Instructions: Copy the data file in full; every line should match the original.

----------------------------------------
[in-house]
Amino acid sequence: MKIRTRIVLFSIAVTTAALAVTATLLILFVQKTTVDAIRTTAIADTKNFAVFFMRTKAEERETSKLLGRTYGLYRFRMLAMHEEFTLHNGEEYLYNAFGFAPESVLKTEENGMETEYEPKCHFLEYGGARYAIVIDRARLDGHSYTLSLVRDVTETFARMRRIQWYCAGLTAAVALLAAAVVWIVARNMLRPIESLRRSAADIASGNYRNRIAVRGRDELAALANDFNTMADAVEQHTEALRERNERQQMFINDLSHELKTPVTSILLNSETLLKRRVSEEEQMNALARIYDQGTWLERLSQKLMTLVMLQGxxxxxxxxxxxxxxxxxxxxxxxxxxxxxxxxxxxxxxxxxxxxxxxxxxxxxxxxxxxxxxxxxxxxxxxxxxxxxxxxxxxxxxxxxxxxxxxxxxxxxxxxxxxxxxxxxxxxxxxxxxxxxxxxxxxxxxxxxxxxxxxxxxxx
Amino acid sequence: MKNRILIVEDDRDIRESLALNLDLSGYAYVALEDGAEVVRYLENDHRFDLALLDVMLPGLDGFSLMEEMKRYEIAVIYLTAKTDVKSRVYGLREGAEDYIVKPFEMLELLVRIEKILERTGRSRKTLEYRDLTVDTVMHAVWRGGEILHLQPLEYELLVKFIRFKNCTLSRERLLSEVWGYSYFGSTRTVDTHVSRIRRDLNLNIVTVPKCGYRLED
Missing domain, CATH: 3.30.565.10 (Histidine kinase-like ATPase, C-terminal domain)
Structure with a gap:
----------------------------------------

[in-house]
Amino acid sequence: MKIRTRIVLFSIAVTTAALAVTATLLILFVQKTTVDAIRTTAIADTKNFAVFFMRTKAEERETSKLLGRTYGLYRFRMLAMHEEFTLHNGEEYLYNAFGFAPESVLKTEENGMETEYEPKCHFLEYGGARYAIVIDRARLDGHSYTLSLVRDVTETFARMRRIQWYCAGLTAAVALLAAAVVWIVARNMLRPIESLRRSAADIASGNYRNRIAVRGRDELAALANDFNTMADAVEQHTEALRERNERQQMFINDLSHELKTPVTSILLNSETLLKRRVSEEEQMNALARIYDQGTWLERLSQKLMTLVMLQGxxxxxxxxxxxxxxxxxxxxxxxxxxxxxxxxxxxxxxxxxxxxxxxxxxxxxxxxxxxxxxxxxxxxxxxxxxxxxxxxxxxxxxxxxxxxxxxxxxxxxxxxxxxxxxxxxxxxxxxxxxxxxxxxxxxxxxxxxxxxxxxxxxxx
Amino acid sequence: MKNRILIVEDDRDIRESLALNLDLSGYAYVALEDGAEVVRYLENDHRFDLALLDVMLPGLDGFSLMEEMKRYEIAVIYLTAKTDVKSRVYGLREGAEDYIVKPFEMLELLVRIEKILERTGRSRKTLEYRDLTVDTVMHAVWRGGEILHLQPLEYELLVKFIRFKNCTLSRERLLSEVWGYSYFGSTRTVDTHVSRIRRDLNLNIVTVPKCGYRLED
Missing domain, CATH: 3.30.565.10 (Histidine kinase-like ATPase, C-terminal domain)
Structure with a gap: